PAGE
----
Guidebooks for domestic servants were available. Elizabeth Hammond’s Modern Domestic Cookery of 1819 contained a section headed “Directions to Servants”. In its introduction, Mrs. Hammond advises “The principal qualification in all servants (but especially in females) is a good disposition, which naturally urges them to anxiously endeavour to give universal satisfaction;...”
For a further three pages, she admonishes and counsels upon the following suggestions:
“Be particularly careful what acquaintance you form;...”
"Invariably speak the truth...”
“Be humble and modest...”
“Never speak lightly of your master and mistress...”
“Carefully avoid quarrels with your companions...”
“Endeavour to acquire the habit...of being contented with their homes.”
Good advice no doubt, but also fostering and reinforcing a certain sort of subservience.
In 1825 after a lifetime of service Samuel Adams, a butler, in cooperation with his wife Sarah, a housekeeper, produced “The Complete Servant”. It was their opinion that such a handbook had never before existed-- “The want of such a manual of duty and practice having often been noticed in servants’ halls,...”. As both Sarah and Samuel had started in service at a young age and ‘risen through the ranks’ as it were, they knew whereof they spoke, and offered all their experience to newcomers.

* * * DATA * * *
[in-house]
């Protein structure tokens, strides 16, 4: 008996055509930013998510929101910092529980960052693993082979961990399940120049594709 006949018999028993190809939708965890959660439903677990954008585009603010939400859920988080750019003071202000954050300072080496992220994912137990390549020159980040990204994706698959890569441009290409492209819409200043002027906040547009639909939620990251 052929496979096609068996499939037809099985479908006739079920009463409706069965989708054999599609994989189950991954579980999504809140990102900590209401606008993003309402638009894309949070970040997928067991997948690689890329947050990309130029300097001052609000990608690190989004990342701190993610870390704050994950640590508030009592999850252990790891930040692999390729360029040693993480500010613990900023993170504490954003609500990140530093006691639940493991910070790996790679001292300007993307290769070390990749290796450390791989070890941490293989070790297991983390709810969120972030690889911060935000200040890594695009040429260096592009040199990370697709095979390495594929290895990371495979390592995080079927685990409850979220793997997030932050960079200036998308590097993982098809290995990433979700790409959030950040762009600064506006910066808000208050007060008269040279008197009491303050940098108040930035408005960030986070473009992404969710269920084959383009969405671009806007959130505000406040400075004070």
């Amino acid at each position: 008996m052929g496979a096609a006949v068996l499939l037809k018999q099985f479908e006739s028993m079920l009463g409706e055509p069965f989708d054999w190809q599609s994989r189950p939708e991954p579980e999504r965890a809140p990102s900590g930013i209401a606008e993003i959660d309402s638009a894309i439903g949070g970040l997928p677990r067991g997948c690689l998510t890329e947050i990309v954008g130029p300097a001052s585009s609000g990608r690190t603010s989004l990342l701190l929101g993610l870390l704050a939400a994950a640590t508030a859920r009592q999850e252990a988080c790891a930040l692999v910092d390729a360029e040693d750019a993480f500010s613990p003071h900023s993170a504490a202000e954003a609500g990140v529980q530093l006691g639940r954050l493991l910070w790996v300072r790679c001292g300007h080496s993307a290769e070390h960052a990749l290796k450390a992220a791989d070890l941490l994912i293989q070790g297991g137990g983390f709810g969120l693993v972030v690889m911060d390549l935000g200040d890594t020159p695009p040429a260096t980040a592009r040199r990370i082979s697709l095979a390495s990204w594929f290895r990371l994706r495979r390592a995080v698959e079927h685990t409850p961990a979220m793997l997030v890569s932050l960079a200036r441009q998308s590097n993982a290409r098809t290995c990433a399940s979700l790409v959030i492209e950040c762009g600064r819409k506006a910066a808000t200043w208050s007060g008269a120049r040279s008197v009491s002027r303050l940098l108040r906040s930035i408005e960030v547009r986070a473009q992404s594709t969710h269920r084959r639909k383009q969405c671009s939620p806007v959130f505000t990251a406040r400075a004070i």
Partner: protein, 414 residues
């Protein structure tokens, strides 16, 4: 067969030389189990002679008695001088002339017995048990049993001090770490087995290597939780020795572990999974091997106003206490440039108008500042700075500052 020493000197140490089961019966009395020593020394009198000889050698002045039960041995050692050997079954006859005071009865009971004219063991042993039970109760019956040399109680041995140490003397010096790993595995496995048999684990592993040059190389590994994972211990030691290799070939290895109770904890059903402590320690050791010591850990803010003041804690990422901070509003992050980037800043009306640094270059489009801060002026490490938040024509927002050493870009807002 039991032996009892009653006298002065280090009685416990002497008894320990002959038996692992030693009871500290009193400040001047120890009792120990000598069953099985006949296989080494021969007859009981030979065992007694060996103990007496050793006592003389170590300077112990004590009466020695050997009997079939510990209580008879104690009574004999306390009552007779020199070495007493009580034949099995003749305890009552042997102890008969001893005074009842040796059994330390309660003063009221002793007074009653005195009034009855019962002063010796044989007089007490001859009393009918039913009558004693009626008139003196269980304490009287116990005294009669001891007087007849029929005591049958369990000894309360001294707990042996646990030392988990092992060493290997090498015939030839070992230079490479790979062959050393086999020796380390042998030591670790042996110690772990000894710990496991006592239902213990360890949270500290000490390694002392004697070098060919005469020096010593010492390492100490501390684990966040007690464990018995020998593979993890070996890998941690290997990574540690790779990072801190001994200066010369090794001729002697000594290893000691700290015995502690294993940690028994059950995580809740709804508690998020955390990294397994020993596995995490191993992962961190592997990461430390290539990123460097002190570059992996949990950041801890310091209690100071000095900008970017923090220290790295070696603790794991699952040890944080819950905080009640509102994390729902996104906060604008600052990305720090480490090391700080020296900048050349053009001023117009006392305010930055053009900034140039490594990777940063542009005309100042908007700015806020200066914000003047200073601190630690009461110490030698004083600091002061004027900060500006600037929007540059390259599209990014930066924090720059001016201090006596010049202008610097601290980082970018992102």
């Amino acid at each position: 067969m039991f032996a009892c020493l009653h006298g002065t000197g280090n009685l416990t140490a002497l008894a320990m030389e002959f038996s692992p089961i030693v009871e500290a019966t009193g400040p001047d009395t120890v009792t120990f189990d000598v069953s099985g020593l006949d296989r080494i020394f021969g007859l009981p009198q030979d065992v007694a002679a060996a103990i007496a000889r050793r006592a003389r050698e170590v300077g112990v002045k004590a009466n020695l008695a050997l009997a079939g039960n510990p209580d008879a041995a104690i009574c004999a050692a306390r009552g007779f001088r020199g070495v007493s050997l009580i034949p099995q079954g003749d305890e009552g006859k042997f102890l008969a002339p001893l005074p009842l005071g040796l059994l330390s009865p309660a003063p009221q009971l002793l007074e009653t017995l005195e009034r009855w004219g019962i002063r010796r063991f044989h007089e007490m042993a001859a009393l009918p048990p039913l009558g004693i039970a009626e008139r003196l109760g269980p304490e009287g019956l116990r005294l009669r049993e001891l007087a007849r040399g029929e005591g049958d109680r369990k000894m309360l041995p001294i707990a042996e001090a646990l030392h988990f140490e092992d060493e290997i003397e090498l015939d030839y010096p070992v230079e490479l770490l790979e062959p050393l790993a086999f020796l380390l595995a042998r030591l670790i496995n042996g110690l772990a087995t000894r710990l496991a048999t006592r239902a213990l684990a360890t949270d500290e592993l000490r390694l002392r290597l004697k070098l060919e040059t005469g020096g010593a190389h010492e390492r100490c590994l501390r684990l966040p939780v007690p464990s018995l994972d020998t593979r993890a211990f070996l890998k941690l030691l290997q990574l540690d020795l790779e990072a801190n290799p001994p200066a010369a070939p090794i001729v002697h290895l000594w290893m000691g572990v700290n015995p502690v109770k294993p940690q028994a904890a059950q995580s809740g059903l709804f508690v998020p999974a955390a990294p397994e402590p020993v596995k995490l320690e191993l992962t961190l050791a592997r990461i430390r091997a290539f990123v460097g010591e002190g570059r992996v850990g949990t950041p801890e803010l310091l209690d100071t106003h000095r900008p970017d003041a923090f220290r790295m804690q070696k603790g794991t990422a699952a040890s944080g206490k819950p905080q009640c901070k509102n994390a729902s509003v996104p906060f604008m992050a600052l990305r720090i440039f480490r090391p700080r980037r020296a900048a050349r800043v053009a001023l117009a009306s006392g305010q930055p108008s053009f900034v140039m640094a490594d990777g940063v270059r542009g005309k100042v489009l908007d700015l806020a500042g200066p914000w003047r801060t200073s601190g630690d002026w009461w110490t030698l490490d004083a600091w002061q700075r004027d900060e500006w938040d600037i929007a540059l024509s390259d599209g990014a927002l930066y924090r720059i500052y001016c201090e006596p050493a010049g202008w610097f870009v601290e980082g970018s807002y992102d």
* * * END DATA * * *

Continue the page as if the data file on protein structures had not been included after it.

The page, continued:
The Adamses’ in their Dedication “Respectfully Addressed to the Heads of Families in the United Kingdom” go so far as to make suggestions to the master of the house regarding costs and economies of the household, and to the mistress of the house regarding handling of servants.
Nevertheless they too, in their “Advice to Servants in General” lapse into a sort of moral admonishment that sounds patronizing to modern ears. It is sometimes difficult to remember that the Regency was a different time, with a unique world view and ideas now foreign to us. That an employer or a contemporary could advise another with such arrogance is a strange idea to us. Yet the education level and the naivety—the innocence and the ignorance--of many of the servant class must have made these instructions seem necessary and right to their ‘superiors’. As with Elizabeth Hammond, the Adamses' heap advice upon counsel:
“Your wages are the yearly pay for your honesty, and your time;...”
“Dress as becomes your station, if you desire to please your employers,...”
“Be very careful of your reputation for virtue and discretion in regard of the other sex;...”
“Intemperance or excess is a pleasurable evil,--it...enchants and destroys.”
“The virtue of silence is highly commendable,...”
The role of the domestic servant in the English home had a long, long history. During the Regency, no one could have foreseen that in one hundred years the institution of ‘service’ would be threatened, and that in one hundred and fifty years it would all but have disappeared.
Another time we will discuss the individual duties of the various servants. The amount of work they were assigned was as staggering as the moral precepts heaped upon them. The Adamses’ lists of servants’ duties and their instructions on careful and proper fulfilment of the tasks are thorough and complete. In the end analysis, with so much advice, how could a servant ever go wrong?
Til next time,